Former Federal Official Casts Doubt on SSA Trust Fund’s Reliability

Tampa, FL (Law Firm Newswire) April 10, 2015 - In an interview on March 12, David Walker, former comptroller general of the United States, warned that rising costs for Social Security, public pensions and healthcare could jeopardize the nation’s safety net for workers.

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Walker was the comptroller general of the United States from 1998 to 2008. He served as head of the Government Accountability Office (GAO) during the same period. Now, his comments support a recent Social Security Administration (SSA) warning that the Disability Insurance Trust Fund, in particular, could run out of money as early as next year.

Walker shared his concerns while appearing on CNBC’s “On the Money,” predicting that Congress will resort to reallocating payroll revenues from the retirement portion of the trust fund to the disability portion. He emphasized that such a temporary measure will not effectively address the disability fund’s solvency problem.

“According to the trustees, it’s supposed to go to zero, the so-called trust fund, in 2016,” Walker said in the interview. “Washington has a tendency to put Band-Aids on open wounds, rather than trying to actually do what needs to be done.”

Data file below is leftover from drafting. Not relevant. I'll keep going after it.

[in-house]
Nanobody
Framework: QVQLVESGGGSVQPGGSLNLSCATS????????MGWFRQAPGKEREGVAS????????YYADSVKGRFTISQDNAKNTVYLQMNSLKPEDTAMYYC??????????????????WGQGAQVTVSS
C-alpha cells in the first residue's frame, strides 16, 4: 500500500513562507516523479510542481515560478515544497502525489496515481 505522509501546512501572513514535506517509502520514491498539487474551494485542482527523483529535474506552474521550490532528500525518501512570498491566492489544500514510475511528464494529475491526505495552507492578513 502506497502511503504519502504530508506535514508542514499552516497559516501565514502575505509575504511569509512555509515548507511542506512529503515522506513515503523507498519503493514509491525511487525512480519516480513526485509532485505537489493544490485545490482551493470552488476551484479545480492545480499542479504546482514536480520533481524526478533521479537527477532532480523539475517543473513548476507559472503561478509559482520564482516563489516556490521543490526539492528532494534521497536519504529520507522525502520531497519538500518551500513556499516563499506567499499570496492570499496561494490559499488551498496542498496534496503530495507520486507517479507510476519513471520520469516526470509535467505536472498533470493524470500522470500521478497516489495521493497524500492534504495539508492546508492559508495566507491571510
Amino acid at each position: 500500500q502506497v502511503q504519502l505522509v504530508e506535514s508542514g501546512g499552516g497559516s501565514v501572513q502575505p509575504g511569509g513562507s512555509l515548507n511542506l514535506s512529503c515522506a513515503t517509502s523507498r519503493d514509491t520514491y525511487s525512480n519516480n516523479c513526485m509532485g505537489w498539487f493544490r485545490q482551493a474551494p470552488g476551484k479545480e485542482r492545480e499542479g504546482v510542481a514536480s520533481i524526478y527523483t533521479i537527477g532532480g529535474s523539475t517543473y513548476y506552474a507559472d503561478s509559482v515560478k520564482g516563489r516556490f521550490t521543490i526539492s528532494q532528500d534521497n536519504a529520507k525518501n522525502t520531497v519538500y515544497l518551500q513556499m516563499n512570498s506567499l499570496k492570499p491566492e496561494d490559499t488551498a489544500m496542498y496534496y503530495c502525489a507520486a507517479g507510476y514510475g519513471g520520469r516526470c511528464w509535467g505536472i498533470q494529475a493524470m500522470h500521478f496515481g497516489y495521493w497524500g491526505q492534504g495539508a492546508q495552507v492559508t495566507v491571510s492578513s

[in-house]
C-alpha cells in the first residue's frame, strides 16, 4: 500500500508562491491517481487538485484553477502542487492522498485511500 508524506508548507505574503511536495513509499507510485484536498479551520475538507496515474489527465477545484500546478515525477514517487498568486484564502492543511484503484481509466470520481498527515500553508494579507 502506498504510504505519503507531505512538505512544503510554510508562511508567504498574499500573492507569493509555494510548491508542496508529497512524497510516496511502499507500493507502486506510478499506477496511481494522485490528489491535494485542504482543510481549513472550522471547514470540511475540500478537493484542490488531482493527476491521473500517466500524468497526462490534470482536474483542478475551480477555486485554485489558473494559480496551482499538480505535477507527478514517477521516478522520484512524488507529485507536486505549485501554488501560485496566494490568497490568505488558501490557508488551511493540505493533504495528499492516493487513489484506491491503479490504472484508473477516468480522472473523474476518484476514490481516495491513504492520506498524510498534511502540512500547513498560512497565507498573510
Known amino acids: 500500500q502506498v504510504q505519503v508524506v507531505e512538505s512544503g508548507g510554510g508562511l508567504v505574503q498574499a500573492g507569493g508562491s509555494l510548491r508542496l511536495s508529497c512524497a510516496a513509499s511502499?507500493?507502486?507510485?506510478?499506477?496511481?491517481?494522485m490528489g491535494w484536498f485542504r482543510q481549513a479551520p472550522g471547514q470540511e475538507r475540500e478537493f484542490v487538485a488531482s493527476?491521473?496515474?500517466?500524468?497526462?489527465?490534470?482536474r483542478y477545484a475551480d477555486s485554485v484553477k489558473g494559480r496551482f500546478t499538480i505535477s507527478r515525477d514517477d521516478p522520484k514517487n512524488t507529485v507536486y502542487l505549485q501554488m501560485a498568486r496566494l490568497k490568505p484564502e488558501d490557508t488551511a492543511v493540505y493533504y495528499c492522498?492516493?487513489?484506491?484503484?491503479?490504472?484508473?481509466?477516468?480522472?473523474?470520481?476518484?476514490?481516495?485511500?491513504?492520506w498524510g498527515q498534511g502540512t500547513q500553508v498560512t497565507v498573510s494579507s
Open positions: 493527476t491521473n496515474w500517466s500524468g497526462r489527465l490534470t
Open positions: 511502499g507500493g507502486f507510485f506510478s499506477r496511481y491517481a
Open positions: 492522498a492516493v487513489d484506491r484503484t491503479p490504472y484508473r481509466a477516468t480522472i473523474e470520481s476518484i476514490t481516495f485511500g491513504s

The Social Security system, which was established in 1935, provides benefits to 58 million people, including 41 million retirees and their dependents, 6 million survivors of deceased workers, and another 11 million disabled workers and their dependents.

“Walker is probably correct that Congress will opt to reallocate payroll revenues going to the retirement fund and the disability fund in order to temporarily shore up the latter,” said David W. Magann, a prominent attorney in Tampa, Florida, whose law firm specializes in Social Security Disability law. “Capitol Hill has a track record of favoring such temporary fixes, especially for the Social Security Trust Fund.”

Walker called for three phased-in solutions to properly address Social Security’s financial woes: increasing the retirement age for younger workers, due to a longer life expectancy for Americans; changing the benefit formula to provide more money for lower-income retirees and less money for higher-income retirees; and raising the payroll tax cap from the current $118,500 to about $200,000. Walker did not speak in support of raising the tax rate above 6.2 percent for both employers and employees, as some economists urge, calling that “regressive.”

“It is important to discuss the future of the Social Security Trust Fund openly. We need substantive, effective ideas that will solve the long-term finances of Social Security,” Magann said. “Social Security is a vital lifeline for millions of Americans. The problems it faces need meaningful solutions, and soon.”

David W. Magann, P.A.
Main Office:
156 W. Robertson St.
Brandon, FL 33511
Call: (813) 657-9175

Tampa Office:
4012 Gunn Highway #165
Tampa, Florida 33618


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